10 Principles That Authoritative Parents Swear By

They are nothing like authoritarian parents.

This is part 3 of a series on parenting styles. Part 1 ishere and part 2 is here.

Remember the parent's role essayed by Anupam Kher in the movie DDLJ or the one by Kiran Kher in Hum Tum? Both of them are affectionate parents who guide their children through life. They do not lead their lives for them but are their pillars of strength. Such parents are able to bring out the best in their children. Children of such parents are confident, strong, and self-assured individuals. They are able to establish meaningful relationships in their lives.

Such parents are able to mix discipline and respect so that children have no ambiguity about how to behave.

Authoritative parents are democratic and believe that children should have a voice in what is happening in their lives. They listen to what their kids have to say. While encouraging independence, they set the limits and consequences for the actions of their children. While stating expectations for the children, these parents ensure that they don't pressurise them to perform. They motivate them so that they perform their best. These parents are warm and nurturing. They allow kids to have and express their opinions and may even allow the children to set their own rules, but will then insist that those rules be followed. They believe in administering fair and firm discipline. The emotional openness that these parents have with their kids makes it easier for children to be confident about themselves.

Such parents are able to mix discipline and respect so that children have no ambiguity about how to behave. When there is clarity of action and consequence, it's easier for children to make decisions and think on their feet. Supportive parenting styles help to foster the development of empathy in the child. Being an authoritative parent is simple.

Here are a few things that can help you to be one:

1. Praise positive behaviour

Parents usually tend to concentrate on how to remove negative behaviour from their children. Instead reinforce positive behaviour with appropriate praise and compliments. Acknowledge small tasks like setting the dining table, being handy around the house, or fixing a quick breakfast on a Sunday morning. Hand over a simple "Good Job!" and see the difference.

2. Listen before you talk

Remember all the classes you bunked at college to escape being lectured at? Your child too will run away from you if you fall into the habit of lecturing. Every good conversation starts with listening. Have conversations and not lecture sessions with your child. Understand what their issues are and then give advice or guidance.

3. Show you care

Kids need to be shown that you care about them. They crave acceptance. Talk to them. Listen to them, cuddle them, hug them, and pamper them, if needed. A little care and affection goes a long way.

4. Help kids to set their own goals

Keep the goals SMART (Specific, Measurable, Attainable, Relevant, and Time bound). Tell them what you expect. Do not except them to understand because they are of a certain age. ("He is 7. He should know that he has to put his toys away.") How do we expect him to know when we haven't taught him? You should say, "Raj, I need you to put away your toys away in the next 10 minutes."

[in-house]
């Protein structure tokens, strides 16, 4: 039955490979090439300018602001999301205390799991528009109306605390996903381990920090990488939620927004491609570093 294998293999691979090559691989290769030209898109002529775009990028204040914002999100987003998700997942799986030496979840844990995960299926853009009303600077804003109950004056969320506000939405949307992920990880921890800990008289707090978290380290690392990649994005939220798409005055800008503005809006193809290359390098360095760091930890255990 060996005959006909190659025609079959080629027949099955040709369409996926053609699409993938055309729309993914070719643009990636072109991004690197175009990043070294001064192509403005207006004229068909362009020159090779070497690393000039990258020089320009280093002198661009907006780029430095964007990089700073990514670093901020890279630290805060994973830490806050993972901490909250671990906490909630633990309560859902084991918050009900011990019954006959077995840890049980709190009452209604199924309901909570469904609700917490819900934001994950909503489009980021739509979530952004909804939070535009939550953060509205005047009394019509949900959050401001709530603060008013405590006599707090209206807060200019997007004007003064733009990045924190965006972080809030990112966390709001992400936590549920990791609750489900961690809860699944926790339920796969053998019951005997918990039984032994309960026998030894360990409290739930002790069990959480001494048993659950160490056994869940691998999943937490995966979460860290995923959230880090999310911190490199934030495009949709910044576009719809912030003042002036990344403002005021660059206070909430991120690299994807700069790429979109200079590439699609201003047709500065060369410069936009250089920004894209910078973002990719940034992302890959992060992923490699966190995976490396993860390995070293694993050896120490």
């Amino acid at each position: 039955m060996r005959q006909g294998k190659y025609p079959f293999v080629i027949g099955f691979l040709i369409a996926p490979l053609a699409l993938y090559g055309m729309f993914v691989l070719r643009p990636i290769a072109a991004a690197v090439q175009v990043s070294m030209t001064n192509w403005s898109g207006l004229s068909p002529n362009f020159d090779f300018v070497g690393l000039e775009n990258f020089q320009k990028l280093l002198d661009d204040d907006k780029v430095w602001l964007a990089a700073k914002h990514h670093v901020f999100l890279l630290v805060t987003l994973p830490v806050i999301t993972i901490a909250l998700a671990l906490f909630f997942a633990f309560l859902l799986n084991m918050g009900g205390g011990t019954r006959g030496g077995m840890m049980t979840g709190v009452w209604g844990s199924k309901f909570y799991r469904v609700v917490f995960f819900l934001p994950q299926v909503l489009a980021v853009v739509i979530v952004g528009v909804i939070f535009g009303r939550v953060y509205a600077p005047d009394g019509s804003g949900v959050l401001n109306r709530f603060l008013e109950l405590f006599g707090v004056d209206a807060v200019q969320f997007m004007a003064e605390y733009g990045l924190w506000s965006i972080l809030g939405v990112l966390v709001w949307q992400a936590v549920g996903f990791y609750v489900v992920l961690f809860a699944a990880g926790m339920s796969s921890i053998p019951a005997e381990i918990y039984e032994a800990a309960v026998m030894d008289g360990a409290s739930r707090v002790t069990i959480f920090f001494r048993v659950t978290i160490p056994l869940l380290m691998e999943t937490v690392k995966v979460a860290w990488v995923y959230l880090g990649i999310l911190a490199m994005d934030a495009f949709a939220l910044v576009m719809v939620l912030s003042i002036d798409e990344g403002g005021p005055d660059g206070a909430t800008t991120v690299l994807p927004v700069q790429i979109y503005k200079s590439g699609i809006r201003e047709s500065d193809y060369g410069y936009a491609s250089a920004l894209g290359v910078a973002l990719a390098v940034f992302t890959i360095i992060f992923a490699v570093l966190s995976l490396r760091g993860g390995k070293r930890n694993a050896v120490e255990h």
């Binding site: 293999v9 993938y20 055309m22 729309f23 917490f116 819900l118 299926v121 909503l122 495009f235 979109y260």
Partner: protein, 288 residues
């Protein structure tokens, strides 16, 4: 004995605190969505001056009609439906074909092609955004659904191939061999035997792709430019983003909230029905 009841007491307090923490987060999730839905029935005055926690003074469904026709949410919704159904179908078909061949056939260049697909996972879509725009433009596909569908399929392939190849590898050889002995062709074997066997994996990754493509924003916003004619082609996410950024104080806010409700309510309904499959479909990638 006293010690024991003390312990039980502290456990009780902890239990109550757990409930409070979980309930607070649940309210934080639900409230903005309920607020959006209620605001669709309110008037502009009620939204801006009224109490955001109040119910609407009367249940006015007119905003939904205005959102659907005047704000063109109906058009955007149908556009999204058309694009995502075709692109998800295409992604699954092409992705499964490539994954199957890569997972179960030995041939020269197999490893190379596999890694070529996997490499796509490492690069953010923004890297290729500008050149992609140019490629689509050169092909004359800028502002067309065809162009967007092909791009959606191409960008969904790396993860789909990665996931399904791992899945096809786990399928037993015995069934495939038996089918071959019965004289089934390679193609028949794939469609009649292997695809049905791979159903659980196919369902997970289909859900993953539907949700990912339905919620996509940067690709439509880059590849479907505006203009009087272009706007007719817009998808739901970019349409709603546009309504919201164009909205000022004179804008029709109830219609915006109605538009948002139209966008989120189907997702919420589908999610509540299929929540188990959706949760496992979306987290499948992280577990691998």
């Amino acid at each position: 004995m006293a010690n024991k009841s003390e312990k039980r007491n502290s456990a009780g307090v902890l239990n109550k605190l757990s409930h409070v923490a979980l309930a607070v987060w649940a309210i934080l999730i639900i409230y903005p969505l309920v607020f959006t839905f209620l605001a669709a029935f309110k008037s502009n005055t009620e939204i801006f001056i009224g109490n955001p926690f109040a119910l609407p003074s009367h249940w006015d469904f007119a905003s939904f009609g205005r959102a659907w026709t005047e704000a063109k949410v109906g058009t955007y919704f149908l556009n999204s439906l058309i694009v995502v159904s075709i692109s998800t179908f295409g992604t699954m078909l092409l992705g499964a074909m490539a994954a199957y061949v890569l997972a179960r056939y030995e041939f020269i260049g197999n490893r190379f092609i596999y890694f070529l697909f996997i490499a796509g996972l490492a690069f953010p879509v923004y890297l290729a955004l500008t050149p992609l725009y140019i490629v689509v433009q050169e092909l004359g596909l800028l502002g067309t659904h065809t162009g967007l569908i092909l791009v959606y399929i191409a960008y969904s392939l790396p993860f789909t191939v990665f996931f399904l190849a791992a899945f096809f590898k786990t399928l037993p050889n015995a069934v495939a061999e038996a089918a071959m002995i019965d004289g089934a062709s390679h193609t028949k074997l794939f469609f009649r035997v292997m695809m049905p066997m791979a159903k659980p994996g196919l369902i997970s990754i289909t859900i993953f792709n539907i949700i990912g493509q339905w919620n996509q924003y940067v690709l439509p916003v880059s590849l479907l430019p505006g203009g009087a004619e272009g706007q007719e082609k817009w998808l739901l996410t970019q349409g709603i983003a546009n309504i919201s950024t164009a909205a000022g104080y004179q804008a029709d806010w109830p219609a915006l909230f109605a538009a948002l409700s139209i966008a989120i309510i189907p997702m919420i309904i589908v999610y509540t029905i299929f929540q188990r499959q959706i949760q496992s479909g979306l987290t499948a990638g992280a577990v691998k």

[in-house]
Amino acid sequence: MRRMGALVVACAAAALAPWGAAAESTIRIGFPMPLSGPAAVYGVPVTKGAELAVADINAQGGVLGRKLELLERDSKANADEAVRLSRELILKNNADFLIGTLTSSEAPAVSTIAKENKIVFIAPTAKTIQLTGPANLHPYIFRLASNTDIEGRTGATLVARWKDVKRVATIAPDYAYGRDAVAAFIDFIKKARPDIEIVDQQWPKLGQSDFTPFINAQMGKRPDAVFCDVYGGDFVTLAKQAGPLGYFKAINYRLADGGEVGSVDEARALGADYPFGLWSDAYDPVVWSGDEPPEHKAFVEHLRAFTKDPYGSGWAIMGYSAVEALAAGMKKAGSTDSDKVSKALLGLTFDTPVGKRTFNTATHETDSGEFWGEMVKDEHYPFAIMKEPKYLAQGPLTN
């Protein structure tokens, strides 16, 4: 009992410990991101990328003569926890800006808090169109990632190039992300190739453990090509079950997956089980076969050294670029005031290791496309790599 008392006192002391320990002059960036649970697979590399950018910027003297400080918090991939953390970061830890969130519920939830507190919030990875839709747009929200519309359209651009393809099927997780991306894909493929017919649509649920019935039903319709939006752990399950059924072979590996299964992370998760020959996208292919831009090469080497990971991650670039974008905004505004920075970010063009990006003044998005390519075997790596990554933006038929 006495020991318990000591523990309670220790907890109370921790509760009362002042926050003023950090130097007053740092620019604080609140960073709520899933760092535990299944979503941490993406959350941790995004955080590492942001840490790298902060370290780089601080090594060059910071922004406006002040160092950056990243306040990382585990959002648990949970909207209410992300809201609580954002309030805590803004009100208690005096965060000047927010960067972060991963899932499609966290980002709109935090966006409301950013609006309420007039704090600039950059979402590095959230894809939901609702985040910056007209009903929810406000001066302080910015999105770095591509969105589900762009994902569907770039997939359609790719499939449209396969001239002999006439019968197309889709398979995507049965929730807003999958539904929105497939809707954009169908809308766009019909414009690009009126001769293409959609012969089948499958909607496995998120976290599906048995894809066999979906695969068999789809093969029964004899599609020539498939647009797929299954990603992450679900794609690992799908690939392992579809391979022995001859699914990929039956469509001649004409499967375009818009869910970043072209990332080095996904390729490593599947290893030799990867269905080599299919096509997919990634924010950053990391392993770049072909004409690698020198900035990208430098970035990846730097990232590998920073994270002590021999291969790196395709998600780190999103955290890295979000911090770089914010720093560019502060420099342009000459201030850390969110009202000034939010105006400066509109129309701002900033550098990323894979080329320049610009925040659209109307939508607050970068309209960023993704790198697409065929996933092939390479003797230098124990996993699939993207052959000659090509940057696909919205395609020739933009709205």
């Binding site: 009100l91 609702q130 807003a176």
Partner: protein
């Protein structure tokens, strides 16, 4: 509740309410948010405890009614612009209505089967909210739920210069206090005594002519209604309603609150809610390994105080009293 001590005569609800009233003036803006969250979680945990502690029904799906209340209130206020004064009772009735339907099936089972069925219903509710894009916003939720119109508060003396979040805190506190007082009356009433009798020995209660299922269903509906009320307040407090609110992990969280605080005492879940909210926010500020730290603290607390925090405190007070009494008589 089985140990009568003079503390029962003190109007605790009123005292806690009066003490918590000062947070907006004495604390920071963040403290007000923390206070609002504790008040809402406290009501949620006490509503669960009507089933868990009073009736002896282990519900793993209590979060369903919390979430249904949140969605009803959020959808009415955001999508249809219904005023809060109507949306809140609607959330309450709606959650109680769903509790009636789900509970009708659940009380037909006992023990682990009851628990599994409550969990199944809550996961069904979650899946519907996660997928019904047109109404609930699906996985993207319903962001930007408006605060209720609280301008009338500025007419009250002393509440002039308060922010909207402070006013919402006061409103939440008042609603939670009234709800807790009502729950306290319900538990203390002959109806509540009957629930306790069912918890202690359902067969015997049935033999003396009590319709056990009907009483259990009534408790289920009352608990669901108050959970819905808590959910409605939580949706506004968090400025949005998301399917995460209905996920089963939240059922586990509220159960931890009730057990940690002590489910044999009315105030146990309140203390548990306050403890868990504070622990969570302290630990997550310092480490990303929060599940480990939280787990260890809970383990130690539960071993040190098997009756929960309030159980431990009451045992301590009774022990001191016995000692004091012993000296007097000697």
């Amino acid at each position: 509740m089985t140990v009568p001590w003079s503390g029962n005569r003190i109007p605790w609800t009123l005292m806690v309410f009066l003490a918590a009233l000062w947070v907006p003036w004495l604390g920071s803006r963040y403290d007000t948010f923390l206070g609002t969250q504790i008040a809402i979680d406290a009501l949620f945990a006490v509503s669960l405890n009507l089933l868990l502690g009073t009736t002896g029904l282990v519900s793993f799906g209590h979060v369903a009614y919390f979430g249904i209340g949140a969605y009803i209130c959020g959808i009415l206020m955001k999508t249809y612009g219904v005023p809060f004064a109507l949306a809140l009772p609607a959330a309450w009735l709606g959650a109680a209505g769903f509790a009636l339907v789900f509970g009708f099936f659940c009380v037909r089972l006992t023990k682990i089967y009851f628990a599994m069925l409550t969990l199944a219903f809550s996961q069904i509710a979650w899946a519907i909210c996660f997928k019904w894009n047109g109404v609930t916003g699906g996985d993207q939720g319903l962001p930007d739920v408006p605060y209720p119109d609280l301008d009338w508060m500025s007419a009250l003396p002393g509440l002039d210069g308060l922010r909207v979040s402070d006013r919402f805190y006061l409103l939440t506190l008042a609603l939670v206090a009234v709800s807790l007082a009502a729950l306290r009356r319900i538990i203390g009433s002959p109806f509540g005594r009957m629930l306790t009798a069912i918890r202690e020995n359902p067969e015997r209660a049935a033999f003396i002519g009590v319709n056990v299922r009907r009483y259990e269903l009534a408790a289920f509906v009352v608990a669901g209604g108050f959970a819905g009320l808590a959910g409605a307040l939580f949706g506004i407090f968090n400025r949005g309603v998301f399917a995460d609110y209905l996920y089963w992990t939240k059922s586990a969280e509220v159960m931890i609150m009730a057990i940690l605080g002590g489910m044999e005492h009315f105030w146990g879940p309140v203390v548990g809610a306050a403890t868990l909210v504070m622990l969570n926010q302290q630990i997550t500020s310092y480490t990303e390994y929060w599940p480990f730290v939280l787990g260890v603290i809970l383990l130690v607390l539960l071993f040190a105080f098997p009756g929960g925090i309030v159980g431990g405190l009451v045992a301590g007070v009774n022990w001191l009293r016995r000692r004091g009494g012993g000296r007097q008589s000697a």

5. Stay calm

A calm parent raises a calm child. If you are nervous and jittery about everything, your child will imbibe the same attitude. Shouting, yelling and screaming won't help. Such behaviour only undermines the child's self-confidence and teaches him that it is okay to be violent.

6. Choose to discipline with love not punishment

As a democratic parent, give your child choices and the consequences for any course of action. Let your children learn by trial and error. Demanding a course of action and punishing them for non compliance may hurt them in the long run. They will never develop the confidence to choose between actions and bear the responsibility of its consequences.

7. Let them make their choice

If your daughter wants to skate without her safety helmet, tell her: 'It's not safe to skate without the helmet. You have a choice: you wear the helmet and have a safe evening or you do not wear it and we go back home to play cards which doesn't need a helmet.' Once you give her the choice and its consequence, your child will also understand the responsibility that comes along with it, and will slowly learn to make the right decisions.

8. Value your child's opinions and preferences

Sometimes the best ideas come from children but more often than not we are so caught up with our own lives that we don't listen to them. Discuss colours with them when you are getting your house painted. You will have a really bright house if you listen to them. Ask your children to plan out a healthy menu for the week. Children love variety and they will ensure that you have a good menu planned.

9. Remind them that they are loved

"I love you"—these three magical words are the cement of any relationship. No child ever tires of hearing that he is loved by his parents. Many Indian parents do not express this emotion. It is almost taken for granted.

10. Modify the way you speak to encourage your child

Remember that your children will rise or fail to meet your expectations for them. If you express scepticism and doubt, they will return your lack of confidence with mediocrity. But if you believe in them and expect them to do well, they will go the extra mile to do their best.

Watch this space to find out more about three other parenting styles.

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